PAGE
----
Sporting News contributor Dan Weigel pitched for Bucknell University and is a player and a coach for national and club youth teams in the United Kingdom. Follow him on Twitter: @danweigel38 .The latest Red Sox’ pitching prospect to make it to the major leagues, Henry Owens has been unspectacular but extremely interesting in his first two starts. Heralded as a pitchability lefty with a plus changeup and room to grow, Owens is a fascinating pitcher who has taken an unusual approach in his brief time in the majors. Owens’ promotion to the major leagues came after a run of strong starts for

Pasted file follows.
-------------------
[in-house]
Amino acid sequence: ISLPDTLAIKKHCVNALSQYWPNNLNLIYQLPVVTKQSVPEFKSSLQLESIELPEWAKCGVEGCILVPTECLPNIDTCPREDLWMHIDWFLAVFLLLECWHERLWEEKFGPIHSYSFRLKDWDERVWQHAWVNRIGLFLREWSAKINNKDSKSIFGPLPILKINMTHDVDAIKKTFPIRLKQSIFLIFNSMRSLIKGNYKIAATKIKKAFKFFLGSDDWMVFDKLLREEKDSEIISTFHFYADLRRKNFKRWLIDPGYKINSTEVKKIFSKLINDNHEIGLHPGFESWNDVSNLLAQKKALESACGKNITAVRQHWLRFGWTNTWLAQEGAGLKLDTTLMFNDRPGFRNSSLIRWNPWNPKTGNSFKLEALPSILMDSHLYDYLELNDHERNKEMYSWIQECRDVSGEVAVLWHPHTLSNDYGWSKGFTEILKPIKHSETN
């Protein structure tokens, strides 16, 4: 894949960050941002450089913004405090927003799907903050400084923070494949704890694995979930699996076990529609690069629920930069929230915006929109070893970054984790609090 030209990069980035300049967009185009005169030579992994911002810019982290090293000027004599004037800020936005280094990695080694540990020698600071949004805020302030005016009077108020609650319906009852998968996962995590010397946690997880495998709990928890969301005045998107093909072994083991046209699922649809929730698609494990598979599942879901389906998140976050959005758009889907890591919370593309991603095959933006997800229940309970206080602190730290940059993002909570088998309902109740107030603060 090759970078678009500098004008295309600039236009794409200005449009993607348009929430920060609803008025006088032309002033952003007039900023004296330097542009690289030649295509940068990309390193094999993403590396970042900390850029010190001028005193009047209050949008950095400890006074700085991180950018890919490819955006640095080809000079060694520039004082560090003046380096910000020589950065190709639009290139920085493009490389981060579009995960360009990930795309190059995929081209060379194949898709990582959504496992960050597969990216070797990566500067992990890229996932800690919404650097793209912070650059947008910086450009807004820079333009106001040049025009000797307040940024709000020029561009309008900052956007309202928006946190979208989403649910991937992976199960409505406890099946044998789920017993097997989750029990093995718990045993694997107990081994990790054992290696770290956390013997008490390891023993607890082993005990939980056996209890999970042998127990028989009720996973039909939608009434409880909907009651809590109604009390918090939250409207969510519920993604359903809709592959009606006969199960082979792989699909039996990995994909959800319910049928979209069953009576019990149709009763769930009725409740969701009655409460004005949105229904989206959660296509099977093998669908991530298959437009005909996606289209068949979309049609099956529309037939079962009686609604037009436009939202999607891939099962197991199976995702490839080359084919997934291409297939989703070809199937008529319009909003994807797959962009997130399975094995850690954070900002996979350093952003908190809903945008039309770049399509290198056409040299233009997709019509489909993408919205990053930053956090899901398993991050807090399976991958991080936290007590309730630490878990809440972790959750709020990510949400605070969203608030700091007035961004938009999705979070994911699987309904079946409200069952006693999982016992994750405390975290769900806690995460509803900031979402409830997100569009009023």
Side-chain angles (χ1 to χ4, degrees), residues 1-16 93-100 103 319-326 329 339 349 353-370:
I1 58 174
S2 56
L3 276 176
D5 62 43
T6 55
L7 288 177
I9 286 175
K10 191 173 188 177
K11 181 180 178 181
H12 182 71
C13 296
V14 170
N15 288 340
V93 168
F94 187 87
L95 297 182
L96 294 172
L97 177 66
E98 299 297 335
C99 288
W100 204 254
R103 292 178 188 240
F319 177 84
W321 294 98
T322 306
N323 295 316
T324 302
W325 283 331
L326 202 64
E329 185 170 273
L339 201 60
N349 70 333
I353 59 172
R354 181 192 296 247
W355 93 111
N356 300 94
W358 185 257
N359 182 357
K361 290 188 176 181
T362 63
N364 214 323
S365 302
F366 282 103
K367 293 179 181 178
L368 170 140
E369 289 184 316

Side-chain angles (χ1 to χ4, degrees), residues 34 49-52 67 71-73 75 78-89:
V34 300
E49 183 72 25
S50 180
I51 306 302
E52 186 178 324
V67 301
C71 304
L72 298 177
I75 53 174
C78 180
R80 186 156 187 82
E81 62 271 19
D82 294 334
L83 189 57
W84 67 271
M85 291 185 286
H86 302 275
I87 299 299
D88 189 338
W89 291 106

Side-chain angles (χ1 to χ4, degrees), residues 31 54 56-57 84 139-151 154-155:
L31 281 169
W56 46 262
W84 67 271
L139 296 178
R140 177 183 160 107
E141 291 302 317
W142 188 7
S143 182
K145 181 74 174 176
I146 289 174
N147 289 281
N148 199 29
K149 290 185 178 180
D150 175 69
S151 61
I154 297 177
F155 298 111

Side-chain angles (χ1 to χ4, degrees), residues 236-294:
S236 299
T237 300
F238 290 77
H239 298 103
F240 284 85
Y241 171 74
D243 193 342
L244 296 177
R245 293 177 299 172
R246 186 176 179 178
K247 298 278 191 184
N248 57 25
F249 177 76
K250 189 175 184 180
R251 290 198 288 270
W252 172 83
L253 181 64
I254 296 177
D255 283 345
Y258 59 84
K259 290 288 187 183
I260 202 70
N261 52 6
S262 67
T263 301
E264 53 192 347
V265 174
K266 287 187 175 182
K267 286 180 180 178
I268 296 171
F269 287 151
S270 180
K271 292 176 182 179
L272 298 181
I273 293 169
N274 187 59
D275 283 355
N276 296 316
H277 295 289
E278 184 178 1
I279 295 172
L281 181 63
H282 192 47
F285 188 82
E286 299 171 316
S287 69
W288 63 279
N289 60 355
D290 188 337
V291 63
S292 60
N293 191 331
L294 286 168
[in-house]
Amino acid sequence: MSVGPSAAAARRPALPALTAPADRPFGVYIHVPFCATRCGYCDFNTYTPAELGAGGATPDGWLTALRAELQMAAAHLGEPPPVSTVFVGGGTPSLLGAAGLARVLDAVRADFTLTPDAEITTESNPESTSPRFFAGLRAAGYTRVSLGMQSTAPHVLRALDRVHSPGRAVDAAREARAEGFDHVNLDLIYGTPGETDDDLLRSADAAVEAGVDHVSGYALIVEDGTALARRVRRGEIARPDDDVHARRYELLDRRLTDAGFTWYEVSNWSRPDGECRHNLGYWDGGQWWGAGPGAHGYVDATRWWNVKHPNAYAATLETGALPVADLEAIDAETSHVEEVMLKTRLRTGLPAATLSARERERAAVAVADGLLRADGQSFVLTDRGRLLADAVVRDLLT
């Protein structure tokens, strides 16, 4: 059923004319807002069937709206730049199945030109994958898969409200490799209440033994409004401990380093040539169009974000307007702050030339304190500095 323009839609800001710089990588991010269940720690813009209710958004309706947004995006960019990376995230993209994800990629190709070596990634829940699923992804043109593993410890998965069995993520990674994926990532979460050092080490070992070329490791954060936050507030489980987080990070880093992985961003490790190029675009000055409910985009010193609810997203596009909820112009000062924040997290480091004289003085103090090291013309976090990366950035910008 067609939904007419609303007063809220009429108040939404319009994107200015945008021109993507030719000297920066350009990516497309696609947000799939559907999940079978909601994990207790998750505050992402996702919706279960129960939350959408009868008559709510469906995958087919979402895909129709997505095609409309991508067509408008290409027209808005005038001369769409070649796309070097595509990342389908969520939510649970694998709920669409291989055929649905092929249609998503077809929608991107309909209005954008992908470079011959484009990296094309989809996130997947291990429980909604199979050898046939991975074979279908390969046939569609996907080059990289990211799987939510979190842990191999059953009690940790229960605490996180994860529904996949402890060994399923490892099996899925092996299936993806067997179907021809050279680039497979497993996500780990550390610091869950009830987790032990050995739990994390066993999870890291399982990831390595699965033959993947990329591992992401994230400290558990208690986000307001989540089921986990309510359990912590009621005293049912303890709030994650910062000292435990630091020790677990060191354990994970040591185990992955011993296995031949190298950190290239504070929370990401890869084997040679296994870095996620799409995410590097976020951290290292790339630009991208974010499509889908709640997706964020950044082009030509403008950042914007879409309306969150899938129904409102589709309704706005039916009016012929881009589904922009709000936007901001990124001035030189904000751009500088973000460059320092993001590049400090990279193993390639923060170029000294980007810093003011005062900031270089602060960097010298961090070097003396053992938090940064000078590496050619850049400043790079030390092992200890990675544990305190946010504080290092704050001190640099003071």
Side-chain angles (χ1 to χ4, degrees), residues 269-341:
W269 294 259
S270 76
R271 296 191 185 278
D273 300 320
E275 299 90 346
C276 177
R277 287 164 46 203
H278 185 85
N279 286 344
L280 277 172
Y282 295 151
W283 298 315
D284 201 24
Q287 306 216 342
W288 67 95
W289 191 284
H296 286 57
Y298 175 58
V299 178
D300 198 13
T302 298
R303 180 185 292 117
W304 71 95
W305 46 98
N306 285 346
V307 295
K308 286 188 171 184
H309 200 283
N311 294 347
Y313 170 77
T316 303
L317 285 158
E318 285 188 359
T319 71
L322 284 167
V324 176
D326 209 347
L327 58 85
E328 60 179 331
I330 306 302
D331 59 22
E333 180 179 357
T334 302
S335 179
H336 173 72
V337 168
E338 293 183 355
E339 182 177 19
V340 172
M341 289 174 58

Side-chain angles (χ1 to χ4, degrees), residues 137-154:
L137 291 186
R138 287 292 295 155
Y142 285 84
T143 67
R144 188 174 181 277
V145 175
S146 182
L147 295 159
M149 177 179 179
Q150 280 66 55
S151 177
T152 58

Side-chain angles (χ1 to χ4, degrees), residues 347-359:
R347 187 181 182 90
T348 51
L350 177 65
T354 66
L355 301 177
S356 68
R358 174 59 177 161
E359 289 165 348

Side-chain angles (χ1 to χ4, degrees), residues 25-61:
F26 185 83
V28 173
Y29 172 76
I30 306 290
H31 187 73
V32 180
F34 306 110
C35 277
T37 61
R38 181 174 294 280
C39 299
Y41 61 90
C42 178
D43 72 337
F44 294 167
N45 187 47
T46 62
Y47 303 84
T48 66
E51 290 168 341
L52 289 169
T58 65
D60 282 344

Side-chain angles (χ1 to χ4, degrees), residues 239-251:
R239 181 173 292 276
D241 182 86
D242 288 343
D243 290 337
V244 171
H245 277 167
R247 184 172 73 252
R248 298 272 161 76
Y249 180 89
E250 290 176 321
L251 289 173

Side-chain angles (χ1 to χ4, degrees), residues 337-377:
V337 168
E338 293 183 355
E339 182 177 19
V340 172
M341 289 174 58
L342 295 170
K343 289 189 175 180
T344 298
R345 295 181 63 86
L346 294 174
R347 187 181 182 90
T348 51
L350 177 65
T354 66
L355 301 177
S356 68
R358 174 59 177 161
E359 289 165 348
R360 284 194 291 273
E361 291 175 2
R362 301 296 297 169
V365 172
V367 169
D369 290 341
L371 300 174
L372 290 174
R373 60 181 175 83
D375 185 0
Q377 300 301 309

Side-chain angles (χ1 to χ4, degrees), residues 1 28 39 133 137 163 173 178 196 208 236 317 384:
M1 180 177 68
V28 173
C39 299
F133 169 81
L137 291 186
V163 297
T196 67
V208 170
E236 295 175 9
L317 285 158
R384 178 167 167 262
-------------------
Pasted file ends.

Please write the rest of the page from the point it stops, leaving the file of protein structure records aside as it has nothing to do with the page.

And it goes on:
Triple-A Pawtucket. Despite mediocre full season numbers, in his last nine starts in the minors Owens lasted at least six innings while allowing no more than two walks in each outing. That was a far cry from his numbers at the beginning of the season, when 4-6 walks per start was very common. Manager John Farrell, speaking before his debut, explained that Owens has put on quite a bit of weight recently, and as a young kid (23) who is still growing into his long and lean body, it took a while for him to learn to repeat his delivery. Farrell seems to be right, and we should discount his unsightly season 11.2 percent walk rate to instead focus on the recent results that match his lofty prospect pedigree.Breaking down Owens' mechanicsMechanically, it’s easy to see many positive qualities that helped the lefty with the low 3/4 armslot climb the prospect ranks while also observing remnants of the struggles that held him back in the early part of the season. At 6-6 and 205 pounds, Owens has a long and loose body, which translates into a long and loose delivery. On the positive side, in spite of a slow and methodical start to his windup, Owens uses his hips very well to generate late torque. He stays balanced throughout his motion and gets great extension, allowing him to release the ball very close to home plate. On the negative side, repeatability remains a concern. There have been too many instances of Owens “losing” and then “having to regain” his mechanics during the game. In other words, there were instances where something in his delivery went wrong during a pitch, prompting Owens to adjust and often counter-adjust. These mechanical adjustments significantly affect pitch command and consequently, overall effectiveness. The most common in-game mechanical adjustments for Owens deal with the rotation and timing of his upper body. His misses generally occur in two places — up and to the arm side and down and to the glove side. The first type, a miss up to the arm side, is typically a result of a slower upper half lagging behind a faster lower half. Owens will not be able to get into full trunk (upper torso) rotation in time, so the arm lags behind, and consequently the ball is released too early. The other common miss, a down and to the glove side, is a result of the upper body going too quickly and undergoing trunk rotation too soon, so the arm will be too far ahead in the mechanical sequence.This can also be caused by over-rotation of the torso, in which case the trunk will rotate beyond a squared up position, dragging the arm down and away with it. The over-rotation for Owens can also be caused by an aggressive pull back with the lead arm. This forces additional, and arguably excessive acceleration and rotation of the shoulders. Although it may lead to a slight increase in velocity, I see a stabilized front arm as a bigger positive for a pitcher, as it helps keep the shoulders in proper line moving towards the plate instead of rotating laterally. I believe Owens will greatly improve his mechanical consistency as he continues to physically develop and become comfortable with his long limbs. The foundation of a balanced, repeatable delivery is in place, and the remaining challenge is for Owens to acquire the repetition and muscle memory necessary to repeat the motion consistently throughout the game. Related News The greatest Red Sox players of all time Owens' best pitchOwens’s best pitch is his changeup, which averages 78 mph and is extremely deceptive. He throws the pitch with tremendous intent and sells it with great armspeed, while allowing the deep grip to account for the 12 mph velocity gap. Fangraphs’ Kiley McDaniel rates the pitch as a present 55 and a future 60 (on the 20-80 scouting scale), figures that may rise with improved mechanical consistency and ability to locate the pitch in all counts. His third pitch is a breaking ball, which varies in classification between a slider and a curveball.I think this is a PITCHf/x classification issue and that they are not actually different pitches, but in any case, the breaking balls from Owens are slightly below league average. McDaniel rates it as a present 45, losing effectiveness due to his inability to generate consistent movement and location with the offering. The pitch is not consistently sharp and is left up in the zone too often, but can be effective against left-handed hitters (he used the pitch to strike out Jacoby Ellsbury, the first major league batter he faced) and as a backdoor pitch to right-handed hitters.The most interesting aspect of Owens’ profile deals with his fastball. The pitch sits at a pedestrian 90.1 mph but plays up as a result of his good extension. The extension means he releases the pitch closer to home plate, which cuts down on a hitter’s reaction time and increases perceived velocity (perceived velocity is an adjusted velocity measure based on hitter reaction time). Couple that with natural deception and his difficult arm slot and it’s easy to see why Owens’s fastball plays up and is more effective than most 90 mph fastballs.The final piece of the fastball puzzle is location. Through two starts, Owens’s fastball location is shown on the chart below. Baseball Savant This usage is extremely unusual. There is an astonishingly high rate of elevated fastballs and very few low fastballs. For a pitcher who does not thrive on elite velocity, this requires examination. Is this something Owens is doing intentionally or is he simply missing high? There are many potential reasons for usage pattern and I’ve identified three of the most likely below.Factor One: Command Issues. As discussed above, Owens is still working to achieve mechanical consistency and will leave the ball up and to the arm side at times. It follows that some of the up and arm side pitches are mistakes resulting from mechanical sequencing issues and not thrown to that spot intentionally. However, he is not just missing up on occasion. A majority of the fastballs are thrown high, leading me to believe that at least some of the high heaters are deliberate.Factor Two: Effective Velocity. Similar to perceived velocity, effective velocity deals with a velocity adjustment based on hitter reaction time. Effective velocity differs itself from perceived velocity as the former is calculated based on location in and around the strike zone. The principle behind effective velocity is that a batter must swing sooner to get the bathead out in front to hit high and inside pitches, whereas a batter may wait a bit longer on pitches low and outside. Starting the swing earlier on a high and inside pitch means the batter has less time to react, while starting the swing later on a low and outside pitch means the batter has more time to react. This additional or reduced reaction time is converted into a velocity adjustment for pitches to certain spots. High and inside pitches receive an effective velocity boost while pitches low and away receive an effective velocity reduction. A pitch down the middle receives no effective velocity adjustment, nor do pitches low and in and pitches up and away.It is possible Owens is using the principle of effective velocity to justify the use of the high fastball. His 90 mph heater already plays up as a result of perceived velocity, and intentional or not, the pitches high and inside can play up and add another few mph. With a gain of 1-2 mph on perceived velocity and 3-5 mph on effective velocity, it is very possible that Owens’s 90 mph heater could feel like 97 if thrown to the right spot with his plus extension.Factor Three: Rising fastball. If you have not heard of the Statcast-tracked statistic spin rate, now is a great time to get acclimated with the new, revolutionary stat. Spin rate is simply the number of rotations per minute the baseball makes on its flight to the plate. For a fastball, league average spin rate is around 2,100 rotations per minute. Anything significantly higher than that will rise and anything significantly lower than that will sink. It is good for a pitcher to be on an extreme, as fastballs with average spin rates will have no vertical movement and seem “flat” to a hitter.In his two starts this season, Owens has averaged 2,345 rotations per minute on his fastball, meaning that the pitch will rise on its way to the plate. To generate swings and misses and avoid hard contact, it makes more sense to throw a rising fastball at the top of the strike zone as opposed to at the bottom of the zone. When a fastball is thrown low, a pitcher is often trying to get a batter to swing over the pitch and get a weak ground ball. If a low fastball rises, the vertical movement will work against the pitcher’s goal of getting the batter to top the ball. Contrarily, if a rising fastball is thrown high in the zone, the vertical movement aligns with the goal of getting the batter to swing under the pitch. It is possible that Owens throws up in the zone consistently to take advantage of his high spin rate and rising fastball.Owens' future in BostonOwens is a unique and interesting pitcher who is well worth monitoring the rest of the season. As he continues to grow acclimated to the major leagues, I will be especially excited to monitor his mechanical consistency and pitch selection. If he can make progress on repeating his delivery, consequently improving his command and giving him the confidence to throw any of his pitches even when behind in the count, Owens should enjoy significant success for the duration of his rookie campaign. I am also very interested to track his fastball location to see if he continues to throw high fastballs with such frequency and if opposing hitters make an adjustment. Owens is a quality pitcher at present but far from a finished product.In a lost season, it makes sense for the Red Sox to allow him to develop at the major league level and find out if he will be ready to join the rotation on the contending team they hope to field next season.